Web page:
The volume will be of interest to specialists working on the history of anarchism and/or trade unionism as well as the political or social history of the countries concerned; but it will also be useful to students and the general reader looking for discussion of the most recent thinking on the historiography of labour and anarchist movements or those wanting a comprehensive overview of the history of syndicalism. 

“This promises to become a very significant contribution to the ongoing debate. The book clearly breaks new ground by considering revolutionary syndicalism as a group of different movements (indeed, a “family”) and by discussing not only West European, but also East European experiences. All in all, this is an excellent collection.” —Marcel van der Linden, IISH, Amsterdam.

“This book is both a timely and authoritative reappraisal of anarchism and syndicalism in Europe, breaking new ground in its analysis of these movements from a transnational and comparative perspective. Through its focus on international networks and personal connections, it represents a major contribution to our understanding of labour history. New Perspectives on Anarchism, Labour and Syndicalism will be enjoyed by anyone interested in the history of working-class internationalism.” —Jeremy Jennings, Professor of Political Theory, Queen Mary, University of London

See: http://www.c-s-p.org/Flyers/New-Perspectives-on-Anarchism–Labour-and-Syndicalism–The-Individual–the-National-and-the-Transnat1-4438-2393-7.htm
CONTENTS

Introduction: New Perspectives on Anarchism, Labour and Syndicalism: The Individual, the National and the Transnational
Constance Bantman and David Berry

Part I. The Syndicalist Family

Chapter One
Uneasy Family: Revolutionary Syndicalism in Europe from the Charte d’Amiens to World War I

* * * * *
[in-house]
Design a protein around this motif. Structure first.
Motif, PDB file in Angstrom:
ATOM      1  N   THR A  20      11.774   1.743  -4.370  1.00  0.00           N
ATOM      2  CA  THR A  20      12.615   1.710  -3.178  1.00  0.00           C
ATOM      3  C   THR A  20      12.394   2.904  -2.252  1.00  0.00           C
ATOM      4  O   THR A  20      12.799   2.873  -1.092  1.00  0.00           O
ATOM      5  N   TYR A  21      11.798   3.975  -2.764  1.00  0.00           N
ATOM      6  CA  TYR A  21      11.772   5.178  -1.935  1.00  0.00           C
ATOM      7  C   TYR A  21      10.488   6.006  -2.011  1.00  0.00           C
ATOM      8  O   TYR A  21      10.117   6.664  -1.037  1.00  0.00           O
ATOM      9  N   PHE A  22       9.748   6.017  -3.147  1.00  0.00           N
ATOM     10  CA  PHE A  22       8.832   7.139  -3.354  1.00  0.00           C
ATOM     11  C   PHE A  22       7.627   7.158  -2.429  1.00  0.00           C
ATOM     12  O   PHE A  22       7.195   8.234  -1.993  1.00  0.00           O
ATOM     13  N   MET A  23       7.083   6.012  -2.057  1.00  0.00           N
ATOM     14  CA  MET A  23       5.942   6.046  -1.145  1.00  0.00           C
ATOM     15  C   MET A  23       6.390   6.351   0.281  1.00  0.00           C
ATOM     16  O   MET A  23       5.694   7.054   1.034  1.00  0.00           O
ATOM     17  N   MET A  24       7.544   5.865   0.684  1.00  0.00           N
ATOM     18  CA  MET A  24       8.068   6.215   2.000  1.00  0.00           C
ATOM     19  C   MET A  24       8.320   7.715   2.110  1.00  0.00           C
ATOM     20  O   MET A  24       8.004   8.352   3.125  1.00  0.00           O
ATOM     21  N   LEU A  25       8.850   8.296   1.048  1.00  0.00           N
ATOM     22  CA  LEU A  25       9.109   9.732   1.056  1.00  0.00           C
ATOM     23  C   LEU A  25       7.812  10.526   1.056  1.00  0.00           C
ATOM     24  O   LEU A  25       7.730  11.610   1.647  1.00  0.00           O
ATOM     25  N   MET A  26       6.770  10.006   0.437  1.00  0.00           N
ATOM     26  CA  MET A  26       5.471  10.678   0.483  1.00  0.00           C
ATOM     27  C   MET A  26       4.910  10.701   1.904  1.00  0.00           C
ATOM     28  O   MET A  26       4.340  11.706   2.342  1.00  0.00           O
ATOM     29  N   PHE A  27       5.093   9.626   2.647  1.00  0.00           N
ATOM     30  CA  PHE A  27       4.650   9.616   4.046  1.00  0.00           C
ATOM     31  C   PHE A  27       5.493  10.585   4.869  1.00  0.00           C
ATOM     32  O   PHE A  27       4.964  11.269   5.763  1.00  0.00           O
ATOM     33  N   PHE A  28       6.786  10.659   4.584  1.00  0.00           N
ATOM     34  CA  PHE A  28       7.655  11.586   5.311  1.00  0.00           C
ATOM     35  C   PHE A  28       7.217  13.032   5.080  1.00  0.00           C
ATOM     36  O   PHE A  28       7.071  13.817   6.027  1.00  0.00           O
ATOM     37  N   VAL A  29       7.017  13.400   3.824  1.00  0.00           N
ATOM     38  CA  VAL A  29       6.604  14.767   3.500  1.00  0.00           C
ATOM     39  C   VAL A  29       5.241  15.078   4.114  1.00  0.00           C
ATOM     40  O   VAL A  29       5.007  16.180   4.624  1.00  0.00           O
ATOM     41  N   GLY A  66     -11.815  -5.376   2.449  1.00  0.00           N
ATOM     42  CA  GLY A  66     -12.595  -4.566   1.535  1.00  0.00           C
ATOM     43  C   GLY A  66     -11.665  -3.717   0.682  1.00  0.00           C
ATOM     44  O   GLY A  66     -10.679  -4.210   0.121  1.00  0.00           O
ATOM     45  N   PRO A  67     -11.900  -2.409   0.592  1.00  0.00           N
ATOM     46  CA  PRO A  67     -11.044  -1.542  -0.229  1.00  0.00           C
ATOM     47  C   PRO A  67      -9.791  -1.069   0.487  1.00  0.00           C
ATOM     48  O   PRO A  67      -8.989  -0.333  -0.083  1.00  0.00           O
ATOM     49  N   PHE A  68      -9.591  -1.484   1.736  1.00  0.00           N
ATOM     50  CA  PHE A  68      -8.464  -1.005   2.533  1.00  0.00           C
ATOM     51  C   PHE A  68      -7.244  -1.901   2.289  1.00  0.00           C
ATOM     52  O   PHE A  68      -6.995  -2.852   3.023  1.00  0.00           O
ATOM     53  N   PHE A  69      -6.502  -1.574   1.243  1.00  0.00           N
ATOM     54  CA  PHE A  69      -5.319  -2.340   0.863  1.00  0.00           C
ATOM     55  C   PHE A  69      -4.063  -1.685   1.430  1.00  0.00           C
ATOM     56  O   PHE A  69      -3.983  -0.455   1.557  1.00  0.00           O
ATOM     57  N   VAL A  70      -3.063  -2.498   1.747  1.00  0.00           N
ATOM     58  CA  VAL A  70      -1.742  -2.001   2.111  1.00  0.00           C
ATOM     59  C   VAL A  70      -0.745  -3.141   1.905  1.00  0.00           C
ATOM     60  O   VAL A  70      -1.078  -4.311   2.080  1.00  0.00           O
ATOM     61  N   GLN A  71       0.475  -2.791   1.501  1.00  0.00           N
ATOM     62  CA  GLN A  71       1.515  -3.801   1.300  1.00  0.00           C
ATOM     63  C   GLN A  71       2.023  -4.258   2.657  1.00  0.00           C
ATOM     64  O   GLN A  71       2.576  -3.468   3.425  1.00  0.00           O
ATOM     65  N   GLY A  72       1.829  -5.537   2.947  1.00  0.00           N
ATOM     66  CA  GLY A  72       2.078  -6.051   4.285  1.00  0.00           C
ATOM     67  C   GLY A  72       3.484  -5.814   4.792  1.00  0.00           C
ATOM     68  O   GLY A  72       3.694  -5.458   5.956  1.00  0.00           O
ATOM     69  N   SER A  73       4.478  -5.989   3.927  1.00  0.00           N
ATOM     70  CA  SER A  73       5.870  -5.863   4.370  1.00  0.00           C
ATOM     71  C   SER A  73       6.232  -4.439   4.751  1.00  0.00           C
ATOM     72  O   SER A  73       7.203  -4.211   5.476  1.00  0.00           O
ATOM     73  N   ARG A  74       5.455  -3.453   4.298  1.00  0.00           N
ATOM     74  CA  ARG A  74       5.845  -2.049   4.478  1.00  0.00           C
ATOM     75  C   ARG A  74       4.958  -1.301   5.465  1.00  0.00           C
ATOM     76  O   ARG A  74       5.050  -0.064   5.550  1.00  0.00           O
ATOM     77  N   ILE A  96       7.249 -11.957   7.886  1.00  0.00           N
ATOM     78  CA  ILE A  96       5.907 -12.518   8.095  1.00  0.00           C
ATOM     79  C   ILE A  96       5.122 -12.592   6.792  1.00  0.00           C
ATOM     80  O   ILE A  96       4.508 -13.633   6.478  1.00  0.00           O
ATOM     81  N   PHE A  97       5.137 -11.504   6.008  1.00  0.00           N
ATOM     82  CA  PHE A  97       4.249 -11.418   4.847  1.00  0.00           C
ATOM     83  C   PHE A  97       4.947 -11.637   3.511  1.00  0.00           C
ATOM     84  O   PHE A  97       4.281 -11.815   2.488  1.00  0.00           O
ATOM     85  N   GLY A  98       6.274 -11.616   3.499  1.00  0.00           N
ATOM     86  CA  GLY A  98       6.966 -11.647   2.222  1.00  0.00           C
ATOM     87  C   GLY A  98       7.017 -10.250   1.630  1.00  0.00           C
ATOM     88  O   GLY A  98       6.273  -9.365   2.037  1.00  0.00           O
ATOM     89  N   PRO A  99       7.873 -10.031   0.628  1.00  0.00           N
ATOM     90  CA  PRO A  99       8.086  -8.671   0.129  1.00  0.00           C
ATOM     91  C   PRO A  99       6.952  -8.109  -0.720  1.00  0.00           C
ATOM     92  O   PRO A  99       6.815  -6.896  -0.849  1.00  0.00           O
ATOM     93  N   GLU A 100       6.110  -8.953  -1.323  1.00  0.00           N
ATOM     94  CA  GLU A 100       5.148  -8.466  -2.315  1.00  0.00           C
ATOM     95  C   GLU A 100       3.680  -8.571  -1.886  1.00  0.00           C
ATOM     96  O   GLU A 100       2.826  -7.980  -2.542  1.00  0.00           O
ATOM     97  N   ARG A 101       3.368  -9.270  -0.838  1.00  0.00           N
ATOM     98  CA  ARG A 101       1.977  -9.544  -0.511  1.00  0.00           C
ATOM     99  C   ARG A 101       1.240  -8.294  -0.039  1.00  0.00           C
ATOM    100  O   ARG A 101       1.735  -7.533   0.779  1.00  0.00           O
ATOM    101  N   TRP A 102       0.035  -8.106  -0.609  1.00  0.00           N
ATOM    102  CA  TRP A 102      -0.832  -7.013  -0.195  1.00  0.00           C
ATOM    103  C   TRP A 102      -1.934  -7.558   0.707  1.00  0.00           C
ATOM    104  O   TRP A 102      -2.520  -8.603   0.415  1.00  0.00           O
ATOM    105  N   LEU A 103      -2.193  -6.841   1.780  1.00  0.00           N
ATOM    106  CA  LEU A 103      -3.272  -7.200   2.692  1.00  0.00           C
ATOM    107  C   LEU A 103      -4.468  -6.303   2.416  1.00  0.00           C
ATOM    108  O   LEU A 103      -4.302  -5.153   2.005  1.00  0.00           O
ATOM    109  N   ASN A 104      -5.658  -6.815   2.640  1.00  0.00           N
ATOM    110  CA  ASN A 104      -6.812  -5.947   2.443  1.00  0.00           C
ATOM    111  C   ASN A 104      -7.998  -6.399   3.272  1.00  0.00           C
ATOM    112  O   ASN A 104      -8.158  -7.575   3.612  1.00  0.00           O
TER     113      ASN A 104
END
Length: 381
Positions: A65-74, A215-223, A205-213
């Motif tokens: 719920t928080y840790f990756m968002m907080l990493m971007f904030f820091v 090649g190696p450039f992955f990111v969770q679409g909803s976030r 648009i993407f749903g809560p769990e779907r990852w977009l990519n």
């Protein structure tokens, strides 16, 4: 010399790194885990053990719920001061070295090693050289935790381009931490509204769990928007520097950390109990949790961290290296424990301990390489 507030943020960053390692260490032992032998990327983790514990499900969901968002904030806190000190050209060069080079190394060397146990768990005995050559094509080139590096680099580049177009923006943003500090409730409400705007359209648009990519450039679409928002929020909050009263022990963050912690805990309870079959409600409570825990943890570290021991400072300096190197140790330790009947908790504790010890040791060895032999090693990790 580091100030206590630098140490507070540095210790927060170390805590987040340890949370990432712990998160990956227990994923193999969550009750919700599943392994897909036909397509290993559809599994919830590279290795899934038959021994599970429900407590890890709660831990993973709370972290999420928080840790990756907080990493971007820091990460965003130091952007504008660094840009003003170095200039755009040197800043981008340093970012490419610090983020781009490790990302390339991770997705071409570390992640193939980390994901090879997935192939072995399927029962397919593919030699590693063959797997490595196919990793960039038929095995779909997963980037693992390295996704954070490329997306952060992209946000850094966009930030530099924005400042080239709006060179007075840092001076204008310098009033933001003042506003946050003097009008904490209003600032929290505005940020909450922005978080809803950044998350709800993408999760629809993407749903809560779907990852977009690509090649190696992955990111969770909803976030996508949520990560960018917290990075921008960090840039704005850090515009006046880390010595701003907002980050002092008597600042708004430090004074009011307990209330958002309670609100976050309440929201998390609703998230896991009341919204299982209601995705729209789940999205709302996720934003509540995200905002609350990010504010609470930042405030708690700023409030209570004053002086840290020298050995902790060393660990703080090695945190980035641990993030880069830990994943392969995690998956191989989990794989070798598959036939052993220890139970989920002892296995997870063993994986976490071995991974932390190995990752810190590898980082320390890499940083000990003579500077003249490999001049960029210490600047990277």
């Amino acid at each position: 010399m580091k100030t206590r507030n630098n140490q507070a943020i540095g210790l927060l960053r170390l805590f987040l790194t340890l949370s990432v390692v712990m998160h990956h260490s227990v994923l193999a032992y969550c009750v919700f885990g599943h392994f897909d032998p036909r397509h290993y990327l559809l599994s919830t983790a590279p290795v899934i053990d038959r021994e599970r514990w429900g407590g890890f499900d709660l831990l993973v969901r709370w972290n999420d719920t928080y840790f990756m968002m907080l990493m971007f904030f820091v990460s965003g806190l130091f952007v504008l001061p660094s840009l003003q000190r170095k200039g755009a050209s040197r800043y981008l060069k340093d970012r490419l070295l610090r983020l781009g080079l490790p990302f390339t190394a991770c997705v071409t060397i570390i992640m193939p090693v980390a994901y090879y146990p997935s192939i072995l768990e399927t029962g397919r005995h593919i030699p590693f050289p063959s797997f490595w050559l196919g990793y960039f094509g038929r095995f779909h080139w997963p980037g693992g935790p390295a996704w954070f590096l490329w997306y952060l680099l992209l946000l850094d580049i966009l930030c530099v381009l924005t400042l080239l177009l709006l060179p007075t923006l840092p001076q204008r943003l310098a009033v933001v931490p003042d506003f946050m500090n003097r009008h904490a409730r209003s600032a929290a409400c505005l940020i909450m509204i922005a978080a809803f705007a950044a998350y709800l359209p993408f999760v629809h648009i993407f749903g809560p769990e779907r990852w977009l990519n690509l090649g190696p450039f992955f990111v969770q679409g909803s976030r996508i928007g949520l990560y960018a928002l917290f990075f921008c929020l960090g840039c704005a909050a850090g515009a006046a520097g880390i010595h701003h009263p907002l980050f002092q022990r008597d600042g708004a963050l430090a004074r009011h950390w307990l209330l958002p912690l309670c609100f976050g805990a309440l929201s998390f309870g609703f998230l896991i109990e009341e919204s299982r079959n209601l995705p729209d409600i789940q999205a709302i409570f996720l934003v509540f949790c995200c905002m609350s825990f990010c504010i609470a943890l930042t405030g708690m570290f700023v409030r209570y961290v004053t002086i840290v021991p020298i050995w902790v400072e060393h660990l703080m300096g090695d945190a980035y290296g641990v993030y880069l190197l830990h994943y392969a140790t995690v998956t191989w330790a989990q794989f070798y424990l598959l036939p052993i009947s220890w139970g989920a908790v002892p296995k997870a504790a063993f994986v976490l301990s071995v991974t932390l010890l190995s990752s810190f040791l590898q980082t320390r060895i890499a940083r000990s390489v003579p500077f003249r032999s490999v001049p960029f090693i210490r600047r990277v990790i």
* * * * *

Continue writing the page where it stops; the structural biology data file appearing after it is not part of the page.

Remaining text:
Wayne Thorpe

Part II. Militants

Chapter Two 
From Gustav Schmidt to Gus Smith: A Tale of Labour Integration (Hull, 1878-1913)
Yann Béliard

Chapter Three:  The Rooted Cosmopolitan: Errico Malatesta, Syndicalism, Transnationalism and the International Labour Movement
Carl Levy

Chapter Four 
Internationalism in the Border Triangle: Alfons Pilarski and Upper Silesian Anarcho-syndicalism during the Interwar Years
Dieter Nelles

Chapter Five 
Mission Impossible: Ángel Pestaña’s Encounter as CNT Delegate with the Bolshevik Revolution in 1920
Reiner Tosstorff

Part III. Movements

Chapter Six The 1896 London Congress: Epilogue or Prologue?
Davide Turcato

Chapter Seven
From Trade Unionism to Syndicalisme Révolutionnaire to Syndicalism: The British Origins of French Syndicalism
Constance Bantman

Chapter Eight
Polish Anarchism and Anarcho-Syndicalism in the Twentieth Century
Rafał Chwedoruk

Chapter Nine
How and Why the French Anarchists Rallied to the CGT-FO (1947–1950)
Guillaume Davranche

Part IV. Interpretations
Chapter Ten 
Analysing Revolutionary Syndicalism: The Importance of Community
Bert Altena

Posted here by Glenn Rikowski

The Flow of Ideas: http://www.flowideas.co.uk

MySpace Profile: http://www.myspace.com/glennrikowski

The Ockress: http://www.theockress.com

Wavering on Ether: http://blog.myspace.com/glennrikowski

Rikowski Point: http://rikowskipoint.blogspot.com